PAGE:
How ecological farmers can feed the entire growing world population

9 July 2019 By bbuizer

Short version of the lecture on 2 July 2019 in Amsterdam *

by Bertus Buizer

In a previous lecture in Amsterdam for VU and UvA students, I demonstrated on the basis of scientific studies that organic farming has the best credentials for an adequate sustainable food supply. The calculation I made then showed that organic farming could feed 10.4 billion people.

At that time I had assumed that the area of industrial crops would remain the same. Altogether 190 million hectares, or 12% of the total area of ​​crops in the world, if besides 105 million hectares of soybeans, 35 million hectares of rapeseed, 15 million hectares of oil palm and 25 million hectares of sugar cane, also the 4 million hectares of sugar beets and 6 million hectares of tobacco are included. If half of those 12% industrial crops were to be earmarked for ecological food farming in the long term, even more than 11 billion people could be fed organically in the future.

Chemical pesticides damage the health of humans, animals, soil, air, water, ecosystems and biodiversity. Food should therefore not contain pesticide residues. This will become even more important for Europe because of the trade agreement that the EU concluded with the Mercosur countries on 28 June 2019: Brazil, Argentina, Uruguay and Paraguay. This trade treaty allows contaminated agricultural products from those countries to enter the European market. This can seriously lead to even more risky food on the European store shelves. The Swiss agrochemical giant Syngenta of which the chairman of the board of Wageningen University & Research is a supervisory director, earns billions in Brazil for the sale of Highly Hazardous Pesticides (HHPs) that are banned in the EU. It is not for nothing that Brazil authorized 150 new pesticides a few months ago that are banned in Europe. All the more reason for the European agricultural sector to bet on food that is free from chemical pesticide, GMO and hormone residues and to communicate well with consumers about it.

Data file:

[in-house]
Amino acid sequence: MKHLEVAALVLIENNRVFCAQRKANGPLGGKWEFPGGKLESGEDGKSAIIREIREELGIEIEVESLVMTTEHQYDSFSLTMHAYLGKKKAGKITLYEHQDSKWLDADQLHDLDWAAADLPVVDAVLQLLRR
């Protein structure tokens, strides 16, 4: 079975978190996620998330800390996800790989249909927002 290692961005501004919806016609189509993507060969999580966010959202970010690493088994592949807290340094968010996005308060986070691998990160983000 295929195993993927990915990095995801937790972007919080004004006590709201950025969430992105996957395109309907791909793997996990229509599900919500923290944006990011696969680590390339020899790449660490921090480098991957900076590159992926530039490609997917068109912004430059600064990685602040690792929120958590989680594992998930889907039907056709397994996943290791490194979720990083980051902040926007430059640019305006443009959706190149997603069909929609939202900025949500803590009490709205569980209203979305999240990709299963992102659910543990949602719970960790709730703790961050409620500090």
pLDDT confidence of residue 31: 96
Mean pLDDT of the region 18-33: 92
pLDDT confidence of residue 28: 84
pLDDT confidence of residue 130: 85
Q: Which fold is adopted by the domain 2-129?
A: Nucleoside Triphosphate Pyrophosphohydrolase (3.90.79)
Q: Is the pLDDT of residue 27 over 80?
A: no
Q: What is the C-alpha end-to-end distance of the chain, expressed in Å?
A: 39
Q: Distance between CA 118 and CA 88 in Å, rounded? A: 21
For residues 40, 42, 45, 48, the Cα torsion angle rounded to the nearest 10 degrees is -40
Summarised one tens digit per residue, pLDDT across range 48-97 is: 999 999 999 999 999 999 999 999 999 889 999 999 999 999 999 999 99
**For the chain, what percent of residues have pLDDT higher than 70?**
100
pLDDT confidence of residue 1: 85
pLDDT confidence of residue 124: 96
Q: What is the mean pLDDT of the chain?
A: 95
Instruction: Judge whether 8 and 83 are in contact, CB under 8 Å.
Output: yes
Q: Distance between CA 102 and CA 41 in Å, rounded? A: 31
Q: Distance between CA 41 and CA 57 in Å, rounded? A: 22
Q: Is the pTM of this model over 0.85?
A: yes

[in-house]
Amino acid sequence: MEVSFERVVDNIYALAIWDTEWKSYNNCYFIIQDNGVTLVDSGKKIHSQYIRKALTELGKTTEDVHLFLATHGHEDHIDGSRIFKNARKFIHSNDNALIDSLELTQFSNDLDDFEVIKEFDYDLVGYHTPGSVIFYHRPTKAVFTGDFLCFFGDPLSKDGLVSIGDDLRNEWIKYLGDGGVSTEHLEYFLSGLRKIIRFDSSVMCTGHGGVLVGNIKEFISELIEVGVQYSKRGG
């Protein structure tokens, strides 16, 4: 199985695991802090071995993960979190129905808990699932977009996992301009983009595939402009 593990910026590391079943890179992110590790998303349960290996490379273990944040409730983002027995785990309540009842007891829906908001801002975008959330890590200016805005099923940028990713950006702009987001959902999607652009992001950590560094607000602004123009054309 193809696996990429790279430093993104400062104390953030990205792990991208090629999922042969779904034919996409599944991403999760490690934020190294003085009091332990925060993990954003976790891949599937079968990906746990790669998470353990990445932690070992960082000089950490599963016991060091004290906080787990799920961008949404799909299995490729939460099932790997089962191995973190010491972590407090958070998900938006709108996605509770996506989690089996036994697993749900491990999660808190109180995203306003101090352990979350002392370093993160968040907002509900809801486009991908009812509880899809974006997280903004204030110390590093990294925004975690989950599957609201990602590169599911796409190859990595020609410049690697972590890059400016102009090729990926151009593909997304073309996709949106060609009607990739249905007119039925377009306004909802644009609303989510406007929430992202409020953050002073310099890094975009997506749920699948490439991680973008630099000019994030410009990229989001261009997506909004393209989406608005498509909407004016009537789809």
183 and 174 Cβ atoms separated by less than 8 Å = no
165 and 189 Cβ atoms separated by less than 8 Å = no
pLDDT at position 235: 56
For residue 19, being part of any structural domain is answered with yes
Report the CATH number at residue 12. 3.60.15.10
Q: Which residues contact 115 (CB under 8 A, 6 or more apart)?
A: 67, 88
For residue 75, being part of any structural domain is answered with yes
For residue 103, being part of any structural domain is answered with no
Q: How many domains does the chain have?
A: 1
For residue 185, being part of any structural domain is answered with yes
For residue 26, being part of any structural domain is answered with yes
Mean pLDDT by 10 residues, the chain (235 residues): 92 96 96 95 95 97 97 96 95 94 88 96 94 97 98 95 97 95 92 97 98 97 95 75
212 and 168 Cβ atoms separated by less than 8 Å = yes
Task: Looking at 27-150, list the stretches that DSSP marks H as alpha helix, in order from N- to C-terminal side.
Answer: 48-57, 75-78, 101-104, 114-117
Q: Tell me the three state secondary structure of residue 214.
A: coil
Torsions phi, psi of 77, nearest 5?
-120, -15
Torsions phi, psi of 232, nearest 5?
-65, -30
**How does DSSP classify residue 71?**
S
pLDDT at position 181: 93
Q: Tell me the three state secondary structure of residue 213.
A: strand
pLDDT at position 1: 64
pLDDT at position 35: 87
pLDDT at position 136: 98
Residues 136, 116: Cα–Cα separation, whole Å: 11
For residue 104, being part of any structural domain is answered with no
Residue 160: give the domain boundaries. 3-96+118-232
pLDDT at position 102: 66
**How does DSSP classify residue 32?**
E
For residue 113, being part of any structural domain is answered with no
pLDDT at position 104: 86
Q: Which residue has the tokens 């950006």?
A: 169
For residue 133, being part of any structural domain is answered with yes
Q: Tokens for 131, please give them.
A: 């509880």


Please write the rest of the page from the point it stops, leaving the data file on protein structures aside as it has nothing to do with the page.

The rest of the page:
The VAT on food that is free of these substances should be reduced, so that the minima are more likely to opt for healthy food (it also saves on healthcare costs). The farmers must get a much higher price for it.

They therefore experience the importance in their wallets to (going to) produce in an ecologically responsible manner. In addition, natural biodiversity and the necessary soil restoration are taking shape again, soil and surface water are less polluted and drinking water supplies and the environment and climate are much less threatened.

A nice side-effect is that in the Netherlands with ecological agriculture the disgusted phosphate ceiling can disappear. Then the entire bureaucracy around it can disappear and the farmers can save on much unfair generic policy, regulatory pressure and administration. As a result, they will also enjoy more pleasure in their important profession. Farming becomes fun again!

Header photo: maize         Photo credits: Mathieu Asselin

* Lecture during the exhibition Monsanto®: A Photographic Investigation’ by Mathieu Asselin in The Ravestijn Gallery, Westerdok 824, Amsterdam


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